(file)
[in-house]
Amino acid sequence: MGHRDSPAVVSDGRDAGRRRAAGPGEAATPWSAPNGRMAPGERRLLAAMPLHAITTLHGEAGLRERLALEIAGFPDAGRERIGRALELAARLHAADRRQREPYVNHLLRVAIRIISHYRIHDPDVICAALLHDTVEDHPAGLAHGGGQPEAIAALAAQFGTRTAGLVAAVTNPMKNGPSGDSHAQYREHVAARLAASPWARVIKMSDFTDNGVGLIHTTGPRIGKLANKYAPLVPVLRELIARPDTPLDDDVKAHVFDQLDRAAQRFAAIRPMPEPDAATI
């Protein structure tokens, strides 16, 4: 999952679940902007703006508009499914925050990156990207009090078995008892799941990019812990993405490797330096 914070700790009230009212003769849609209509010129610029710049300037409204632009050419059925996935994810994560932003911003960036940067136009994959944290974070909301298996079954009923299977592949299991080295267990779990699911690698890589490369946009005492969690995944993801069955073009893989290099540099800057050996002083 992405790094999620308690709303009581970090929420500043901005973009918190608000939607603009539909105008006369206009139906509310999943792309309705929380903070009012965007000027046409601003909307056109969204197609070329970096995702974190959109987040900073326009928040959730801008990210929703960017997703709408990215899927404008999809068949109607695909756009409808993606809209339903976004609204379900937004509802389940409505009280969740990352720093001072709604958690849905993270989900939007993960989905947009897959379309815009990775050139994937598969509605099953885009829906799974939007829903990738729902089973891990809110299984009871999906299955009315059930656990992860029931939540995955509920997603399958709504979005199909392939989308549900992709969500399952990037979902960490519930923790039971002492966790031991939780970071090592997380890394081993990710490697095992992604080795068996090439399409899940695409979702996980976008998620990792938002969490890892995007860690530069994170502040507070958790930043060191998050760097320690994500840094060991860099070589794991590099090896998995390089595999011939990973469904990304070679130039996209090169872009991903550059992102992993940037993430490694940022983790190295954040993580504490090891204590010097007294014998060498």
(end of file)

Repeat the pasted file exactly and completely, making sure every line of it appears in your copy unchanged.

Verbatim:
[in-house]
Amino acid sequence: MGHRDSPAVVSDGRDAGRRRAAGPGEAATPWSAPNGRMAPGERRLLAAMPLHAITTLHGEAGLRERLALEIAGFPDAGRERIGRALELAARLHAADRRQREPYVNHLLRVAIRIISHYRIHDPDVICAALLHDTVEDHPAGLAHGGGQPEAIAALAAQFGTRTAGLVAAVTNPMKNGPSGDSHAQYREHVAARLAASPWARVIKMSDFTDNGVGLIHTTGPRIGKLANKYAPLVPVLRELIARPDTPLDDDVKAHVFDQLDRAAQRFAAIRPMPEPDAATI
């Protein structure tokens, strides 16, 4: 999952679940902007703006508009499914925050990156990207009090078995008892799941990019812990993405490797330096 914070700790009230009212003769849609209509010129610029710049300037409204632009050419059925996935994810994560932003911003960036940067136009994959944290974070909301298996079954009923299977592949299991080295267990779990699911690698890589490369946009005492969690995944993801069955073009893989290099540099800057050996002083 992405790094999620308690709303009581970090929420500043901005973009918190608000939607603009539909105008006369206009139906509310999943792309309705929380903070009012965007000027046409601003909307056109969204197609070329970096995702974190959109987040900073326009928040959730801008990210929703960017997703709408990215899927404008999809068949109607695909756009409808993606809209339903976004609204379900937004509802389940409505009280969740990352720093001072709604958690849905993270989900939007993960989905947009897959379309815009990775050139994937598969509605099953885009829906799974939007829903990738729902089973891990809110299984009871999906299955009315059930656990992860029931939540995955509920997603399958709504979005199909392939989308549900992709969500399952990037979902960490519930923790039971002492966790031991939780970071090592997380890394081993990710490697095992992604080795068996090439399409899940695409979702996980976008998620990792938002969490890892995007860690530069994170502040507070958790930043060191998050760097320690994500840094060991860099070589794991590099090896998995390089595999011939990973469904990304070679130039996209090169872009991903550059992102992993940037993430490694940022983790190295954040993580504490090891204590010097007294014998060498």